Peter Zhdanov
15 February 2023

How Good is Your Mating Technique?

Watching games contested between novice chess players can be quite nerve-racking. You never know how they will end, even if one side has a commanding material advantage. In some cases, a sneaky stalemate can pop out of nowhere. In other situations, the winning player gets tired of chasing the opponent's king around and settles for a peaceful outcome. Therefore, for people who are new to chess, learning how to give basic checkmates is one of the things that give the most bang for the buck.

In the good old books for beginners, there was always a chapter on how to checkmate the opponent’s lone king, from very basic ones such as “king + queen vs. king” and “king+rook vs. king” to more sophisticated cases such as “king+two bishops vs. king” and “king+bishop+knight vs. king”.

Nowadays, there is no need to flip the pages, set up the board, and figure out whether you are on the right track or not by yourself. The Magnus Chess Academy app offers theoretical lessons with clear-cut explanations of the key techniques and practical exercises that could be used as drills to learn to give checkmate on auto-pilot.

Anyway, once you are no longer a beginner, how important is it to know how to checkmate the opponent as efficiently as possible?

Of course, you might sniff at this question and say that everyone knows how to win quickly when having a commanding advantage, such as a king and a rook vs. a lonely king. However, I recall a test imposed by IM Vladislav Akselrod on three of my friends, rated in the FIDE 2000-2200 range. They had to mate him with king and rook vs. king in blitz mode. The number of moves was recorded. They struggled and averaged over 20 moves, while in the starting position, something around 10 moves was required with perfect play. This episode shows that even relatively proficient chess players have relatively poor mating techniques. But is it even relevant? After all, no one will keep playing against a 2000+ in such a position. I would say that it still matters. For instance, in an online blitz game with no increments, one often has to mate with a queen or even two queens in like a second. This requires a sound knowledge of the method and a well-versed use of premoves. Sometimes the difference between making it on time and being late is the full point.

In the pre-increment era, I recall IM Andrei Chigvintsev shuffling the pieces and agreeing to a draw in a “king+two bishops vs. king” endgame because he was sure that he won’t be able to checkmate the opponent on time. This still looked rather amusing to me, though.

The “king+bishop+knight vs. king” checkmate is particularly tricky. The reigning (at that time) Women’s World Chess Champion, Anna Ushenina, failed to convert it against Olga Girya in 2013. The chess community, which is not particularly forgiving of others' mistakes, went wild. Despite all her fantastic achievements, to this day, some people know Ushenina only as "the girl who couldn't mate with a knight and bishop". Anyway, this situation is not unique. There were other similar cases featuring top players. For instance, Nils Grandelius couldn't convert it against Magnus Carlsen in Chess24 Banter Blitz Cup, 2020 or, even more recently, Hikaru Nakamura didn't win a bishop + knight endgame vs. Nodirbek Abdusattorov, Rapid Wk13, 2022.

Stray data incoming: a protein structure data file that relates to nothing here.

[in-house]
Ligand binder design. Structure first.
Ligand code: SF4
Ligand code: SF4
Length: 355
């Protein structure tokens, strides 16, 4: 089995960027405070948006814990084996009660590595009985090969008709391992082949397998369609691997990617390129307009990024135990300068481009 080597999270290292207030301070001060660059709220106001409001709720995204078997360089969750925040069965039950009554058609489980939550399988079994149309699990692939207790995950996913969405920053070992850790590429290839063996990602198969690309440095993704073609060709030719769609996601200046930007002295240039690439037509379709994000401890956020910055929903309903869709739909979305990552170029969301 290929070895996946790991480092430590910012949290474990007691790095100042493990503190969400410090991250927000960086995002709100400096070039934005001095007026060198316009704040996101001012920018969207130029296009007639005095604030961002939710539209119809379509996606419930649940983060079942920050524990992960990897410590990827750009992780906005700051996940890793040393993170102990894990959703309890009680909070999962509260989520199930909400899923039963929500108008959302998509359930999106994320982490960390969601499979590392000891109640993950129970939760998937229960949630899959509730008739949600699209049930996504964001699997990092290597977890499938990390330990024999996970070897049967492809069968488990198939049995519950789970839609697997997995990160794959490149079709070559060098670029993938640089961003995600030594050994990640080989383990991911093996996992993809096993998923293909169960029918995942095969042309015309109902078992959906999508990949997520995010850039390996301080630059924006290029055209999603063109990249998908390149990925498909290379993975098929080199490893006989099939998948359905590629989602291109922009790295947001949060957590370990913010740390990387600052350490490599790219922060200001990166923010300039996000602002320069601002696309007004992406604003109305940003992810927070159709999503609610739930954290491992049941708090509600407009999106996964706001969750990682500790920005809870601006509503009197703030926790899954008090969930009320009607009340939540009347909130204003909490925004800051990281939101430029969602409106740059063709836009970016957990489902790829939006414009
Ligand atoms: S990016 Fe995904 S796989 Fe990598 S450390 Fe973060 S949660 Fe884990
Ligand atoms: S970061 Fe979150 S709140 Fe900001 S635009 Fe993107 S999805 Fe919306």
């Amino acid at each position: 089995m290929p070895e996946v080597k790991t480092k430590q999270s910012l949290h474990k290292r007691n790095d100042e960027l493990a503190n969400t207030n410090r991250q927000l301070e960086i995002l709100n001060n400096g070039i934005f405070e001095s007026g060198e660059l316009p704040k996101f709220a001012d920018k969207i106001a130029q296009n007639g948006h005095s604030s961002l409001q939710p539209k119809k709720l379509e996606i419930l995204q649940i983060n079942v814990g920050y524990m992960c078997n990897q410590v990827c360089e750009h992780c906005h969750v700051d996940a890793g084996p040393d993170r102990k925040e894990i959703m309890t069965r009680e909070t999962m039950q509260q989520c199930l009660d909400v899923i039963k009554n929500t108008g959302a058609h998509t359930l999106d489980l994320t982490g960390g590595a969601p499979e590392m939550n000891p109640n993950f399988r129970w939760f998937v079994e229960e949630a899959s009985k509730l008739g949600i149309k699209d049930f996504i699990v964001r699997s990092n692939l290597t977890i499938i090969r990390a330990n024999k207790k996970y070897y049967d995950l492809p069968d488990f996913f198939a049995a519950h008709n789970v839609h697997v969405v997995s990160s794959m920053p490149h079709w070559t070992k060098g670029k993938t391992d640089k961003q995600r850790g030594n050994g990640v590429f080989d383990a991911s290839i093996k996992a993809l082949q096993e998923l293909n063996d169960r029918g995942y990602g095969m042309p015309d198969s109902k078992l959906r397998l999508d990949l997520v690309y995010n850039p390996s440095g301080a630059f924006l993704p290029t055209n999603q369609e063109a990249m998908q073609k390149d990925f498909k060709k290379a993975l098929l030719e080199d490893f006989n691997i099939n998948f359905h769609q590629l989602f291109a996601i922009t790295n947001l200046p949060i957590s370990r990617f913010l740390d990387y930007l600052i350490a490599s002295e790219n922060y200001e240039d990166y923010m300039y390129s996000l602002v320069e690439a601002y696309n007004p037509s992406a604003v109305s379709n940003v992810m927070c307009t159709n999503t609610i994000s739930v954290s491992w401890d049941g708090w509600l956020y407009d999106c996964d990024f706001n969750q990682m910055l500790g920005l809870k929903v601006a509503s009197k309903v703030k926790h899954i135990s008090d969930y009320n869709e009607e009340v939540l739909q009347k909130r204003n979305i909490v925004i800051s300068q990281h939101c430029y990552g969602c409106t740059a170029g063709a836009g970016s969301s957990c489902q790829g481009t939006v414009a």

One can only imagine how devastated Ushenina was after letting such an advantage slip in a classical game!

I myself have to admit that while I seem to remember the basic ideas, such as trying to lure the opponent’s king into the corner of the bishop’s color, the W-maneuver, and other such details, I am still not sure that I will be able to deliver the mate under time pressure within 50 moves. However, in a classical game, I have been in such a situation only once, and I was actually on the losing side! My opponent, at that time a modest player rated somewhere about 1800, successfully checkmated me. Back then, I was quite surprised and impressed by this feat. In 2022, I was quite proud of myself for delivering such a mate in a blitz game. That being said, the opponent clearly didn't know what he was doing and defended not as well as he could have.

Is it practical to try to master even more advanced endgames, such as two knights vs. a pawn? I would say it depends on how good your chess memory is. Frankly, I have learned the Troitsky line on a few occasions, but my brain seems to be reluctant to memorize it, automatically classifying it as "information you are not likely to ever use in your life". If you have what it takes to study it once and for all, then go ahead and do it! However, as far as I know, there are very few chess players out there whose brains seem to be hardwired for such daunting tasks. For others, the spaced repetition method comes to the rescue. If you don't practice and rehearse the stuff you have learned regularly, you are likely to forget it!

Sergey Karjakin demonstrates a game where he actually had to apply the knowledge of the "two knights vs. a pawn" theory.

To crown it all up, should a serious chess player master all the standard checkmating techniques? There are different opinions on this issue. The endgame experts emphasize the importance of this type of study. Most practical players believe that only the basics (extra rook, extra queen) are to be learned until perfection, while spending a lot of time on practicing, let’s say, “king + two knights vs. king and pawn" might turn out to be inefficient in terms of time investment because you are likely to pretty much never encounter this endgame in your entire career. In fact, I know quite a few masters who don’t remember how to checkmate with “king+bishop+knight vs. king”, not to mention more sophisticated tabiyas. 

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